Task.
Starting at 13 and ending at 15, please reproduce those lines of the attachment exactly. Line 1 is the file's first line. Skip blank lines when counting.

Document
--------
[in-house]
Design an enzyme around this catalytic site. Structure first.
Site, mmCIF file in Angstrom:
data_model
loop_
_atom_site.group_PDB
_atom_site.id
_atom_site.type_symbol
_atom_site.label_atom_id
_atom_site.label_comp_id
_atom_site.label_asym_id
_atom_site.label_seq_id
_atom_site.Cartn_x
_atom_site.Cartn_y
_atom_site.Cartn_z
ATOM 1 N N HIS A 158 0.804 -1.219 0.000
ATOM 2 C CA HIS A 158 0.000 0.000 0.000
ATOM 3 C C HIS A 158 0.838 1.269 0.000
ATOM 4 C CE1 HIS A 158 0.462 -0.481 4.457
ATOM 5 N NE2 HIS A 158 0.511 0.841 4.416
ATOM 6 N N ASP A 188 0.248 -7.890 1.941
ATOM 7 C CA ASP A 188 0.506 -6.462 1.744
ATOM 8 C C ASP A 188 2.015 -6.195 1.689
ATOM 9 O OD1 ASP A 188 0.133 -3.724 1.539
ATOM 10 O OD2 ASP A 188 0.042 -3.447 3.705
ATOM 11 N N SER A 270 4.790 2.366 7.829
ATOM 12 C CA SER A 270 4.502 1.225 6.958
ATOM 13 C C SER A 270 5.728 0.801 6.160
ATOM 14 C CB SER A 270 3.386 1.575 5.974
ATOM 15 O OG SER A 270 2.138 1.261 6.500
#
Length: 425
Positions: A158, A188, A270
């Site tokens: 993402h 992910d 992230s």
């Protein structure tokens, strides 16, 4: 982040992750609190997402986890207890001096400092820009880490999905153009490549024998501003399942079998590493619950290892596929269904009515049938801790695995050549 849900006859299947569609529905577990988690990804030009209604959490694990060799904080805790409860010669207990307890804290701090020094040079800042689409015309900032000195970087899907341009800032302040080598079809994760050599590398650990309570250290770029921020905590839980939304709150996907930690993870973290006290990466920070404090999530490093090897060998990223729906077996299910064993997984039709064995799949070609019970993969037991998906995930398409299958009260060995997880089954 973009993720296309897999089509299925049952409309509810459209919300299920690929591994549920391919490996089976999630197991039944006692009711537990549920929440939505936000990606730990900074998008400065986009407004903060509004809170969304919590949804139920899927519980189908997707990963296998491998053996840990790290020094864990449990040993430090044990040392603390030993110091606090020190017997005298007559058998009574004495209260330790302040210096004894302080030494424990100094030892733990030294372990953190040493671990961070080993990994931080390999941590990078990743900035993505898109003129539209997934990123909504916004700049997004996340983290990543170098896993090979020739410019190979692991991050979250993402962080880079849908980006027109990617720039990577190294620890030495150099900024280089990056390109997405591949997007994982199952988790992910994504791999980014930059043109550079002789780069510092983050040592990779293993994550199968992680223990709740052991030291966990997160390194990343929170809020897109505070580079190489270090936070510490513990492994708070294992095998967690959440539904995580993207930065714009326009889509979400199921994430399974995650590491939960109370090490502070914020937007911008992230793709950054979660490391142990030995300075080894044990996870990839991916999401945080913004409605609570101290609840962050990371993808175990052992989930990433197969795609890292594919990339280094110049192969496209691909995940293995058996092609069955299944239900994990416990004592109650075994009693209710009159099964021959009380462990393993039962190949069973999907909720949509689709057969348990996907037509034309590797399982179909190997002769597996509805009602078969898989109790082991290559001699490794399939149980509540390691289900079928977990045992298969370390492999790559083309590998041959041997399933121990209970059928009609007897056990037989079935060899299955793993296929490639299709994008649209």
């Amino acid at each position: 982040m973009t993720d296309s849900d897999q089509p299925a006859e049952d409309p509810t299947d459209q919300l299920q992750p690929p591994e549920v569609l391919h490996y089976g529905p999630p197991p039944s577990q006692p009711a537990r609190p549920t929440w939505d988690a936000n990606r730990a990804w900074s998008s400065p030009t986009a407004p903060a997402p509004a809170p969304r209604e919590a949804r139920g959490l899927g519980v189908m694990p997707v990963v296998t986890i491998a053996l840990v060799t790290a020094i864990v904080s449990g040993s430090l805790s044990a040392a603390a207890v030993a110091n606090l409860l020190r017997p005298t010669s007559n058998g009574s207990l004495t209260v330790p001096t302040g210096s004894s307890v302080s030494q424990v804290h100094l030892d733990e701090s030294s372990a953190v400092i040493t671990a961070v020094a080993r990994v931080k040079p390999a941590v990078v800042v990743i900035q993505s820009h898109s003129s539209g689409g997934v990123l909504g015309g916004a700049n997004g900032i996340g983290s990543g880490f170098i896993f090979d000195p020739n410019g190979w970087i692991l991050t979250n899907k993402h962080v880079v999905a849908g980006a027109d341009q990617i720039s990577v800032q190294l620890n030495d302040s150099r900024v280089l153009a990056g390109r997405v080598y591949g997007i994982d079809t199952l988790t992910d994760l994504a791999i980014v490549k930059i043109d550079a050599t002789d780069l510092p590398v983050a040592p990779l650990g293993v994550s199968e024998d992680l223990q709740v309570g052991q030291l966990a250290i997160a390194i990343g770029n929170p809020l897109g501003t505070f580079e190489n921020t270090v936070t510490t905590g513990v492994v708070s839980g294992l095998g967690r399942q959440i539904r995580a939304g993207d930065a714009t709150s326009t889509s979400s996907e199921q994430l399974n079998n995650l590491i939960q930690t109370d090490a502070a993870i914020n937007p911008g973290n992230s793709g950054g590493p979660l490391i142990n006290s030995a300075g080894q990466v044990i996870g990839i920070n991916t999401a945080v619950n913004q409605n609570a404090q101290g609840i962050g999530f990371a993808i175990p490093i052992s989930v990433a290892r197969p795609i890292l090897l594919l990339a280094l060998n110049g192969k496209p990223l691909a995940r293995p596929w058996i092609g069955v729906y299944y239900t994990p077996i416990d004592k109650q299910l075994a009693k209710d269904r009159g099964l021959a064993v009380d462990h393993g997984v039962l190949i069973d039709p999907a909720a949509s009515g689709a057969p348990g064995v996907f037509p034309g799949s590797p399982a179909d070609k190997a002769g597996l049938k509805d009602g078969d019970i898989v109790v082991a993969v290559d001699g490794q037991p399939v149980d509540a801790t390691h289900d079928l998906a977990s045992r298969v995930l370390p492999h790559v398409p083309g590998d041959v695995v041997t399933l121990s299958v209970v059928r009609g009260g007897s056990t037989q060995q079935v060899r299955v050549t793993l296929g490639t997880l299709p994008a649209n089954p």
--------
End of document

_atom_site.Cartn_x
_atom_site.Cartn_y
_atom_site.Cartn_z